Episode 7: “Ohio v. Abolitionists” (John Brown/Harriet Beecher Stowe): Alex travels to Hudson, OH, Cincinnati and Harpers Ferry, WV in this in depth investigation of two of U.S.’s most most famous abolitionists, John Brown and Harriet Beecher Stowe. The abolition movement to end slavery in the mid-19th Century was the most important political and social movement of its time. We travel back to the turbulent decade of the 1850s to explore how Brown and Stowe changed millions of minds on the subject of slavery, one by the sword and one by the pen, respectively to help spark the Civil War.
Alex journeys to Hudson, Ohio the hometown of John Brown to meet with Gwendolyn Mayer of the Hudson Library and Historical Society. Alex and Gwen discuss Hudson’s long abolitionist history and the early years of John Brown. Gwen oversees one of the country’s largest collections of John Brown writings and artifacts.
We then travel to the Queen City of Cincinnati, Ohio to the Stowe House to meet with Christina Hartlieb, the Executive Director of the Stowe House Museum. www.stowehousecincy.org. We learn about the famous author and activist Harriet Beecher Stowe. Christina lays out how Harriet’s experience of living in Cincy lead her to write the classic novel Uncle Tom’s Cabin. Christina and Alex discuss the importance of that book and how it helped to accelerate the Civil War.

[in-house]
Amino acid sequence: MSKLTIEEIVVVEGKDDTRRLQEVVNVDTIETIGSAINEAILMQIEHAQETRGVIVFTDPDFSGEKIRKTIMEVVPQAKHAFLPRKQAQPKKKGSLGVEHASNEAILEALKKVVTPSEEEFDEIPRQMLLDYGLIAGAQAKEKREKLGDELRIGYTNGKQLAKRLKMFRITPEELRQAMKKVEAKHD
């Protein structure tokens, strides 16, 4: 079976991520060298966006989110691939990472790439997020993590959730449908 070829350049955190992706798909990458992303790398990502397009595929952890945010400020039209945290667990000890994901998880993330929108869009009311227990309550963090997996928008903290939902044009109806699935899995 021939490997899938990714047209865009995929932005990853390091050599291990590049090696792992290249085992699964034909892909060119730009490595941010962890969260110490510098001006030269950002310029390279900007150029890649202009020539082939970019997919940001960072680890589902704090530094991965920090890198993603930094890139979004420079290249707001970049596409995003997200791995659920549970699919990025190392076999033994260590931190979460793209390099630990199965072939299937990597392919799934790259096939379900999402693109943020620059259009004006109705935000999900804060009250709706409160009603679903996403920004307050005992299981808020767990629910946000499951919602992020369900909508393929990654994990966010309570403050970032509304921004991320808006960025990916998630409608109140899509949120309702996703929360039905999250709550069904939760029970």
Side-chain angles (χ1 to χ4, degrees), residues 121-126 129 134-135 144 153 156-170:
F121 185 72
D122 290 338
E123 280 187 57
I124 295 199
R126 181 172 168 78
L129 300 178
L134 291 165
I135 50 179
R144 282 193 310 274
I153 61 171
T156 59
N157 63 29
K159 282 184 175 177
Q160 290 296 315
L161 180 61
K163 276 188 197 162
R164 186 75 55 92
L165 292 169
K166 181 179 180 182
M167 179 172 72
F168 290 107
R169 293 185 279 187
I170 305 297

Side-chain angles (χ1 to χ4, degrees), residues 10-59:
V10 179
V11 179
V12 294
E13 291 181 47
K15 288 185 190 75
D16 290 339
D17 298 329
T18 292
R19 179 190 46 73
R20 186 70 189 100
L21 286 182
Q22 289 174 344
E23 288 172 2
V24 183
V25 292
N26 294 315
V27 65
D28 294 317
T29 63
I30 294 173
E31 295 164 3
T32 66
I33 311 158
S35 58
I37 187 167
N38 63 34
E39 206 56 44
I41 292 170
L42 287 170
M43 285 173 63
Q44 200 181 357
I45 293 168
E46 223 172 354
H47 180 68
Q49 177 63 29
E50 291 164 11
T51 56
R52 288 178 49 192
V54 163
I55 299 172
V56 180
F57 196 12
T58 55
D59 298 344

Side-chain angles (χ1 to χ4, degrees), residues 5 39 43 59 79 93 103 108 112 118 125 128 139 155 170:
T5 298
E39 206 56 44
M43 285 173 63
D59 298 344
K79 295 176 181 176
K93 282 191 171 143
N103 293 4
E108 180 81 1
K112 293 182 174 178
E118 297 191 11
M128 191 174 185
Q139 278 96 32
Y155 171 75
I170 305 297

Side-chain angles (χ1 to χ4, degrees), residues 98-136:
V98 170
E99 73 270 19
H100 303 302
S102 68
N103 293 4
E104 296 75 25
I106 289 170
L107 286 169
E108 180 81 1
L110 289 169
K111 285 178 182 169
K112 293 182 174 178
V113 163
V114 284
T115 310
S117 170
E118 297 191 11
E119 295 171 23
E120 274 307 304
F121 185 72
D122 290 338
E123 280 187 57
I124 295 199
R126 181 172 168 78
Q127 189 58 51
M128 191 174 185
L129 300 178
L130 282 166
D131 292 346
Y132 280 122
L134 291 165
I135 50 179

Lastly, we met with Dennis Frye, author and former Chief Historian at Harper’s Ferry National Park. Dennis describes in detail John Brown’s Raid on Harper’s Ferry in 1859. Frye, the author of Confluence: Harper’s Ferry as Destiny is a wealth of knowledge about Brown’s attempt to spark a Southern slave uprising. We follow Brown’s mission from Bleeding Kansas to his eventual martyrdom and his execution in Virgina following the failed raid. Buy his awesome book here: www.harpersferryhistory.org/product/con…rry-destiny
Join us in the 1850s as we discuss the roles of Harriet and John in the lead up to the Civil War. We’ll discuss the Fugitive Slave Act, the Kansas-Nebraska Act, the Caning of Sen. Charles Sumner, the Dred Scott decision, Brown’s relationship with Frederick Douglass and Harriet Tubman and ultimately the start of the Civil War.
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